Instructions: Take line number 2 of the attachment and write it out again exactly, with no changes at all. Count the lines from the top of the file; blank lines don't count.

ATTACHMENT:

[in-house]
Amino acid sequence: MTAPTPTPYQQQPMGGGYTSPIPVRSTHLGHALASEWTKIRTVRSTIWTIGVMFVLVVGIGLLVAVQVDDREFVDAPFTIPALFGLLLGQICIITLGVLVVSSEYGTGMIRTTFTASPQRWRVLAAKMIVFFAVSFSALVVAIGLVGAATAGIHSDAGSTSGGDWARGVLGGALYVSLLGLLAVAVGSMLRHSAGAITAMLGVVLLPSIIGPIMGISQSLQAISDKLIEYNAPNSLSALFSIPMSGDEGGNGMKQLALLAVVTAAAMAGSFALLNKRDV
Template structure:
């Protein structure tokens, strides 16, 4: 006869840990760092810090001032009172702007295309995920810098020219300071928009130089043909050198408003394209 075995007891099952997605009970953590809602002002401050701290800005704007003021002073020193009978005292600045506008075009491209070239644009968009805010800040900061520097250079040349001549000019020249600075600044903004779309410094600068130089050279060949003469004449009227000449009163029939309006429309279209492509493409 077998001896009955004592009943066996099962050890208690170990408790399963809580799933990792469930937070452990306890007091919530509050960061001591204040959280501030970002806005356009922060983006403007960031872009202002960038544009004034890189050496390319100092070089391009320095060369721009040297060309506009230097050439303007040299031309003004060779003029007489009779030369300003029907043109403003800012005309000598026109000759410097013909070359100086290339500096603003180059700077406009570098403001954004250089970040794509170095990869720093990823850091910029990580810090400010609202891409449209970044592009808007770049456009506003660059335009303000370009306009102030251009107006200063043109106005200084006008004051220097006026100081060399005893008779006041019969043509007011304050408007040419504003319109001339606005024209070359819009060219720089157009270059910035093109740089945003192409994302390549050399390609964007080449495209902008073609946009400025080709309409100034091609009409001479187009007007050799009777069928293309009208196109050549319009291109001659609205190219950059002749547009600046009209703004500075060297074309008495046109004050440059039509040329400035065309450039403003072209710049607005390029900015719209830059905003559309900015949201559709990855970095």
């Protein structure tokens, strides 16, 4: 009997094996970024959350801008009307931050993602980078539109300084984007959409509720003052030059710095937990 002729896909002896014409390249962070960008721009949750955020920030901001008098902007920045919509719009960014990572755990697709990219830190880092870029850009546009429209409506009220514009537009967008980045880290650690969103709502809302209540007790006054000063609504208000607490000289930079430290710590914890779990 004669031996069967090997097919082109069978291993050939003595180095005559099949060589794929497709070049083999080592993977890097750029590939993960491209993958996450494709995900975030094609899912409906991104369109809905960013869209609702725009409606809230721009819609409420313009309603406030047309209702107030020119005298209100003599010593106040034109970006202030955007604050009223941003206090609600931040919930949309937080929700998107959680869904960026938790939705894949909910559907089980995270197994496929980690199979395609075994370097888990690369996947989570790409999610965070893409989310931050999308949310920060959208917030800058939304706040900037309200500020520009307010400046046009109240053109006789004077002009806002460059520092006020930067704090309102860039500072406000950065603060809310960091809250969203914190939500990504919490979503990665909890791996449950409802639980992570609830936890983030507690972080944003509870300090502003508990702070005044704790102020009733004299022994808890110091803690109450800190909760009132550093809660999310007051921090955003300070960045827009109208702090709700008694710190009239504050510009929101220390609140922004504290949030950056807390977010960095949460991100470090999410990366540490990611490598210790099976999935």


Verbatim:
Amino acid sequence: MTAPTPTPYQQQPMGGGYTSPIPVRSTHLGHALASEWTKIRTVRSTIWTIGVMFVLVVGIGLLVAVQVDDREFVDAPFTIPALFGLLLGQICIITLGVLVVSSEYGTGMIRTTFTASPQRWRVLAAKMIVFFAVSFSALVVAIGLVGAATAGIHSDAGSTSGGDWARGVLGGALYVSLLGLLAVAVGSMLRHSAGAITAMLGVVLLPSIIGPIMGISQSLQAISDKLIEYNAPNSLSALFSIPMSGDEGGNGMKQLALLAVVTAAAMAGSFALLNKRDV